a. Engine oil: Automotive wise, this is perhaps the most important PM check you can make. Check your engine oil on a regular basis. Add oil as required, but do not overfill. Consult your owner’s manual for the type of oil to use. Have the oil and oil filter changed at manufacturers service intervals.
b. Transmission fluid: Transmissions in motorhomes get worked extremely hard. Transmission fluid cools and lubricates the transmission. Checking and maintaining the fluid will extend the life of the transmission. Follow your owner’s manual for directions on how to check the fluid; i.e. hot, cold, in park, in neutral. Add the proper type of fluid as required, but do not overfill. Have the transmission serviced at manufacturer’s service intervals.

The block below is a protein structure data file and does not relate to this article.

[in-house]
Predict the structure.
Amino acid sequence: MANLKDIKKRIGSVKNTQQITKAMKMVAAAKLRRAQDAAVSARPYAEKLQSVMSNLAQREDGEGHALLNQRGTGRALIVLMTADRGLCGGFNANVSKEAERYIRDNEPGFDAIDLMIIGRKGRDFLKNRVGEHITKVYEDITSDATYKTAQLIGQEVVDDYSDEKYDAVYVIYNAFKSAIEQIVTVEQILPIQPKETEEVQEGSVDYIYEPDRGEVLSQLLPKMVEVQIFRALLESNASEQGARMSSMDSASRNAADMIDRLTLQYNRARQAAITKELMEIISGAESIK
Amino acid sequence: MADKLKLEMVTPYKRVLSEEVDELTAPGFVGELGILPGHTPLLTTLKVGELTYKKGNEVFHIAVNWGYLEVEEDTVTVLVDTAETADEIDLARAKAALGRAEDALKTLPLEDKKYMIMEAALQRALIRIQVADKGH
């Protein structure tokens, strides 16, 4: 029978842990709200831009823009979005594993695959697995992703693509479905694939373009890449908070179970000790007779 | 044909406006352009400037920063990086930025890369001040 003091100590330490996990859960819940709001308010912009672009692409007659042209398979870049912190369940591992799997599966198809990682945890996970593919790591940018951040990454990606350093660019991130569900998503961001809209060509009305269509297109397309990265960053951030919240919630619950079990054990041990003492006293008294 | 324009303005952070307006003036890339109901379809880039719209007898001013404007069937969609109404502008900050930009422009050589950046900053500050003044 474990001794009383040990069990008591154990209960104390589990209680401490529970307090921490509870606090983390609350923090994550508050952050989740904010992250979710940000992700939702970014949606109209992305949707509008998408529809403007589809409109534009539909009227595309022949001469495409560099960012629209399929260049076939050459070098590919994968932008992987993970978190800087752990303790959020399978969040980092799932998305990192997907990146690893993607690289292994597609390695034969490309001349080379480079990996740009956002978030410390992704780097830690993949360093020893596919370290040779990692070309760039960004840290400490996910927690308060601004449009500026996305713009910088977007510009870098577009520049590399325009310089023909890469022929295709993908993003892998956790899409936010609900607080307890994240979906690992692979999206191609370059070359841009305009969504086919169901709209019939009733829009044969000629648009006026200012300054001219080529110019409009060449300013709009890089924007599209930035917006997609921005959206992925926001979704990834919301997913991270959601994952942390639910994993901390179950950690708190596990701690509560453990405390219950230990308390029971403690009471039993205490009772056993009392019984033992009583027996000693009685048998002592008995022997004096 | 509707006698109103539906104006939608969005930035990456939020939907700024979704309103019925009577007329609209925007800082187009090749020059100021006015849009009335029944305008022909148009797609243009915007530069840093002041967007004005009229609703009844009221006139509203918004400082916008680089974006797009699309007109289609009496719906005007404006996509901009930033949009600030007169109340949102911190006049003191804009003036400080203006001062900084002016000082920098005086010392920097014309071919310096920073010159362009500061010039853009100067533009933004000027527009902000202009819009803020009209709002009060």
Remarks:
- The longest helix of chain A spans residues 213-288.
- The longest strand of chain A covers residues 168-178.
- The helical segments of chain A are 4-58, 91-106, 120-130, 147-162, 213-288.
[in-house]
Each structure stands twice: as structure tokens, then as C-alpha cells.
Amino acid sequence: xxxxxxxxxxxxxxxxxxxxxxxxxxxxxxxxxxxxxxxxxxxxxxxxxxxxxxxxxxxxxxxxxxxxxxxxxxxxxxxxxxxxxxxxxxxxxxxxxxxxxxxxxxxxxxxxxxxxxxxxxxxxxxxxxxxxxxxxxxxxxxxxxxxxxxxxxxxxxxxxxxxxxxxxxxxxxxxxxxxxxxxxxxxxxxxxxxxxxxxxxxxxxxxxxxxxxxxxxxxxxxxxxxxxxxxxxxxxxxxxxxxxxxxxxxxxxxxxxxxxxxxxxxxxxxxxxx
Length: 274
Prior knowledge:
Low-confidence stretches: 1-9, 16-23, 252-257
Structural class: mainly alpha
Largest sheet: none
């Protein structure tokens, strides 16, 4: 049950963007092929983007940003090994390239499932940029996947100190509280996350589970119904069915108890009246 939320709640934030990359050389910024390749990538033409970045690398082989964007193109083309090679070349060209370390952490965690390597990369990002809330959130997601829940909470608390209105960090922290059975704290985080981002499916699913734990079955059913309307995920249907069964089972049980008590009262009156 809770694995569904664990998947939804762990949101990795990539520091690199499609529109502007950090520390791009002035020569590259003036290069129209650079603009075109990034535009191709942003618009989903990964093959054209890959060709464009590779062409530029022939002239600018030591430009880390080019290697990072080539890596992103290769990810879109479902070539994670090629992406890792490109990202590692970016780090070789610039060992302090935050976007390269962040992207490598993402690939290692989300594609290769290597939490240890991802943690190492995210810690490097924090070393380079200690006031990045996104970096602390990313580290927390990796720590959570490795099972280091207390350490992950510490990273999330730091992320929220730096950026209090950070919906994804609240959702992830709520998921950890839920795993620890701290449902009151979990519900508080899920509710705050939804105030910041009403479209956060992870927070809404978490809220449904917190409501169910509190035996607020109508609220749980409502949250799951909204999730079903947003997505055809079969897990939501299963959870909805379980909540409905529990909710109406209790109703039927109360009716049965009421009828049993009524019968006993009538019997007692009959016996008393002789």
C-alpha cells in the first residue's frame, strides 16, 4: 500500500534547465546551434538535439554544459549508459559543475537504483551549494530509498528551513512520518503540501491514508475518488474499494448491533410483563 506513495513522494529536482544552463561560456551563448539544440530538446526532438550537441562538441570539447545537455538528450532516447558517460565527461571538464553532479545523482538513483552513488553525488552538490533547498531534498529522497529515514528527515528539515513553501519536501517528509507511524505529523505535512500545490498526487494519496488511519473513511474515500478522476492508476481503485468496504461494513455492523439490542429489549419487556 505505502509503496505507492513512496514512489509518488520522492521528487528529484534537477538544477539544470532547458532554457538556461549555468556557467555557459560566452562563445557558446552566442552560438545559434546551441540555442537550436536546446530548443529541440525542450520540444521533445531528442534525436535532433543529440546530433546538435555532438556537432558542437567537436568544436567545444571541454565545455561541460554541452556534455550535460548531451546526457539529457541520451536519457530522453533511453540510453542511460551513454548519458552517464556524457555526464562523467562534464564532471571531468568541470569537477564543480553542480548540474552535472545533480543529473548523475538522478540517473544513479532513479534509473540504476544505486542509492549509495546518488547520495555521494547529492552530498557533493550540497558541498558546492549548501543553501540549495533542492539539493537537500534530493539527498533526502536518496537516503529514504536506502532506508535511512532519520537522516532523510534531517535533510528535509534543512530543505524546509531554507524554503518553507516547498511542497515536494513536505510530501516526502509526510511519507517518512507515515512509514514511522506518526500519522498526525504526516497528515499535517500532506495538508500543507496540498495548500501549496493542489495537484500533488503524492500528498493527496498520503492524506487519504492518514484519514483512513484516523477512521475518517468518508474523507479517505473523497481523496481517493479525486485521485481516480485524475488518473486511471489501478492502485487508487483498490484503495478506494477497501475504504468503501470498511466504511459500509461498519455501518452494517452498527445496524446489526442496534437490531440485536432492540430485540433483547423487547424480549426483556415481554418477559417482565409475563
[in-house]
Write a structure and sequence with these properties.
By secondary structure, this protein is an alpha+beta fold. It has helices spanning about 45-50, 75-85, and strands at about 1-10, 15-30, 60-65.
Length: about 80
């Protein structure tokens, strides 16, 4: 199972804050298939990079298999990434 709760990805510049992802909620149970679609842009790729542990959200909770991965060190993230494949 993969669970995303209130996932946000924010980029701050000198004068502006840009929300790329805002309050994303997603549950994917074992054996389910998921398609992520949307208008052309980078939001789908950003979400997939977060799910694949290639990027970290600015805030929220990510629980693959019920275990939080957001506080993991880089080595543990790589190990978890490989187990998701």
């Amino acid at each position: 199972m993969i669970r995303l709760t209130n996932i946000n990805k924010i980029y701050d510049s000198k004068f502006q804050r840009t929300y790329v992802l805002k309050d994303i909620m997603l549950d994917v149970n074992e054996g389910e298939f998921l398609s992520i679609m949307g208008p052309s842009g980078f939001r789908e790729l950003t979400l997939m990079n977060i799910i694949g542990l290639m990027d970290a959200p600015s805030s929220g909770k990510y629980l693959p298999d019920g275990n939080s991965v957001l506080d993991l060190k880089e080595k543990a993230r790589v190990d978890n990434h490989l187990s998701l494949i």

c. Power steering fluid: Check the power steering fluid. Most power steering reservoirs have a hot and cold level check on the dipstick. Consult your owner’s manual. Add the proper fluid as required.
d. Brake fluid: Check the brake fluid level in the master cylinder reservoir. If it’s not a see-through reservoir, clean the cap off before removing it to prevent dirt from getting in the brake fluid. Consult your owner’s manual for the proper type of brake fluid and add as required, but do not overfill.
Note: The brake system is a closed system and ordinarily does not require additional fluid. If you have to add fluid it may be an indication of a leak somewhere in the brake system. Have it checked out and repaired immediately.
e. Radiator coolant: Check the radiator coolant reservoir level, condition and concentration. Never remove the radiator cap when hot or under pressure. The coolant reservoir is usually a see-through plastic reservoir with “add” and “full” marks on the side. Add coolant as required. Follow the manufacturer’s recommendation for having the radiator flushed and for the proper type and concentration of coolant to use.